B.totalus females are particularly experienced and have mastered the PP as an evolutionary defence mechanism of some sort (scientists are still not sure what exactly it defends against). The females of this particular species are quite interesting. As a friend of the watcher noted to her (a friend who like the watcher belongs to Workus officianalis, a very hard working and industrious species), when she comes in contact with the B.totalus females they are often discussing the difficulties of child rearing in the presence of nannies, the challenges of philanthropic and charity work in Palestine, and how difficult it is to do work outside of their indigenous habitat.

Zamn was brimming with B.totalus today. A morning ritual of theirs is to drop their offspring to school and come enjoy a morning coffee and an idle chat together. But the real treat came around 10 a.m. when a young female B.totalus arrived and plopped herself down on the couch right beside the watcher. Young B.totalus are fabulous to watch: loud, full of life, and totally trusting of their surroundings. The mix of English, Arabic, and sometimes even French is music to one’s ears, and one cannot help but notice that the young are usually well educated, because no matter what happens in Palestine, education remains a top priority.

This particular young B.totalus was discussing a familial situation with her mother, loudly. The details of the problem went something like this: the young woman was annoyed by the curfew set by her father who works in Saudi Arabia. She was arguing that she is now 23 years old and refuses to lie to her parents and, therefore, they will have to come to terms with her going out and staying out late (the disputed curfew time was 11, she was trying to push to 12. VERY REASONABLE, the watcher thought). She then expanded her argument and declared that her father sent her to Palestine to come in contact with her roots, which she has been doing by socialising at cafes and restaurants (notice the roots for this young lady are at cafes and restaurants in Ramallah). He was also apparently hoping she would find herself a very kind, well educated, ambitious, well-to-do young man who she could take as a mating partner. She then exploded into asking a very obvious and valid question, how could she possibly do that if she was under curfew and was asked to work and socialise only during the hours when the sun was up. Please note that B.totalus prefers to mate with its own or other species they mark as acceptable, such as F.actives or Workus officianalus (as long as the potential mate fits their minimum criteria of financial stability and appropriate social status).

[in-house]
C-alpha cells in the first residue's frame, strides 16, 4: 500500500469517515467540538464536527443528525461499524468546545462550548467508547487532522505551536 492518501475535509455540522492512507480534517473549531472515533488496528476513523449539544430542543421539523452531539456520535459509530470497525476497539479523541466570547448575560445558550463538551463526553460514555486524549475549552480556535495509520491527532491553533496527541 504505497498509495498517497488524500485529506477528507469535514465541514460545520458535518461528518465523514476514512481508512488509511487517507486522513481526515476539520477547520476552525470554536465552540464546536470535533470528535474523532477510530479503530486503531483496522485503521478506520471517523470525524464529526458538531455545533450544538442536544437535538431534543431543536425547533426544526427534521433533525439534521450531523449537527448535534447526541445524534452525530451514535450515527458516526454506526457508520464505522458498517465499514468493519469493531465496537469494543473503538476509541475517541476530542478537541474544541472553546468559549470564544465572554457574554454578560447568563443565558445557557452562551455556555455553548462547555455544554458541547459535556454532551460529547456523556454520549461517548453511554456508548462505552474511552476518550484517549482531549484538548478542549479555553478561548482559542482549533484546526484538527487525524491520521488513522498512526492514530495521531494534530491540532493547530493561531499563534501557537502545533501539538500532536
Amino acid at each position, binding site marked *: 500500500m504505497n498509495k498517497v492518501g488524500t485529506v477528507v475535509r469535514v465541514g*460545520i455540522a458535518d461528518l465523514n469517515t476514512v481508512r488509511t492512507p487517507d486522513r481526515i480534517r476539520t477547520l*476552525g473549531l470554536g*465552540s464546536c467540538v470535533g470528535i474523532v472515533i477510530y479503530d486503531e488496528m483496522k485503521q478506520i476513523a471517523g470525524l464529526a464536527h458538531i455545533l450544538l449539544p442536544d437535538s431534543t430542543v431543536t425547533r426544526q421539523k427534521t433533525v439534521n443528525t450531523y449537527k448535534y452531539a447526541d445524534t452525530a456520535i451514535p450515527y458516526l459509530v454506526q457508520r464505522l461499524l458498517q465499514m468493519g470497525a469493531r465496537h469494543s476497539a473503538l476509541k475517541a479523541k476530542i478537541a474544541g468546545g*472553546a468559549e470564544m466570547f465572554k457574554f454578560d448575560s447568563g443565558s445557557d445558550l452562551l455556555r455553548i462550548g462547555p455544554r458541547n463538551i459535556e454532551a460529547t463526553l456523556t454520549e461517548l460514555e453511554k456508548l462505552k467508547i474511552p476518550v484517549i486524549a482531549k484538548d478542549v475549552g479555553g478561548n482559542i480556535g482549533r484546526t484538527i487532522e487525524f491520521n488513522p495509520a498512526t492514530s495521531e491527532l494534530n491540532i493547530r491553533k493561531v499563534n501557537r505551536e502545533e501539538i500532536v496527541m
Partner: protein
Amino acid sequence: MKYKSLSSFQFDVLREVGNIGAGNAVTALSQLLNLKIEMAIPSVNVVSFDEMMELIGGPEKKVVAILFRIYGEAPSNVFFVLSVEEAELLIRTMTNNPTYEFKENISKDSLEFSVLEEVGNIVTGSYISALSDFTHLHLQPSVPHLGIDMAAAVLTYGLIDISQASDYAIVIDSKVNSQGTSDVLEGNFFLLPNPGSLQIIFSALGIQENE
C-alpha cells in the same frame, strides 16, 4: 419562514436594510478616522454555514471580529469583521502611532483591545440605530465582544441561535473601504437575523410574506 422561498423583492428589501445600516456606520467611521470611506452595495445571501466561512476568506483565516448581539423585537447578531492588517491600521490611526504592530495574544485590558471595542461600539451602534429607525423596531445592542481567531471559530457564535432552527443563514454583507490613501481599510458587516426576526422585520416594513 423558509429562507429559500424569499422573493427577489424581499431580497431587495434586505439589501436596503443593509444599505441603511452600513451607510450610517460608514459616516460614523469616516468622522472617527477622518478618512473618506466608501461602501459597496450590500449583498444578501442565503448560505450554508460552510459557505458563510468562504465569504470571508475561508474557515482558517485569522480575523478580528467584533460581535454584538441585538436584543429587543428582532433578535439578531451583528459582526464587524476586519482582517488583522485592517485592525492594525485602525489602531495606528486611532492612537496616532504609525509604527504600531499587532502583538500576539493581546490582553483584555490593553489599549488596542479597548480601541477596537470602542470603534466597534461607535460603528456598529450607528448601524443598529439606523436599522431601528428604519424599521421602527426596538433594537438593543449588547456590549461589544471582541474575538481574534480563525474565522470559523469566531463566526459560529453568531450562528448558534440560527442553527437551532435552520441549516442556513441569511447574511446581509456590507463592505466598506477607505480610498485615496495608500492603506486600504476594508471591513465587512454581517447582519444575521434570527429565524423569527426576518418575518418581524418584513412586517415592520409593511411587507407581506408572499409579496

The conversation carried on for about 45 minutes while this young female argued over Skype (A new means of communication for this generation. Whatever happened to written letters and home phones where families could have all types of arguments in the privacy of their own homes and the silent pages of handwritten letters), at which point the watcher could no longer focus on her lecture notes and decided to pack and leave. B.totalus had succeeded in marking this particular area as her own.

8:00 am, Tuesday. Tuesdays are an excellent day to observe Workus officianalus. This species is studious, industrious, and is always trying to get something accomplished in the midst of waves of cigarette smoke, sips of cold coffee (left untouched for a while as they busily typed away on their laptop). W. officionalus treats Zamn as its office and is present almost daily, particularly in the early hours of the morning. They spread their belongings over a fairly large space, order food, and feel free to clear their plates. They immediately detect any disruption in Internet signal and will demand a quick fix (sometimes their demands can get a bit aggressive). Many of them carry more than one bag, a couple of files, several books, and one set of headphones. They are always requesting the music volume to be turned down as they are on a serious deadline. And some may even have such a special relationship with the wonderfully friendly Zamn staff that they have documents dropped off and picked up from behind the desk, further supporting their impression of Zamn as a library or office.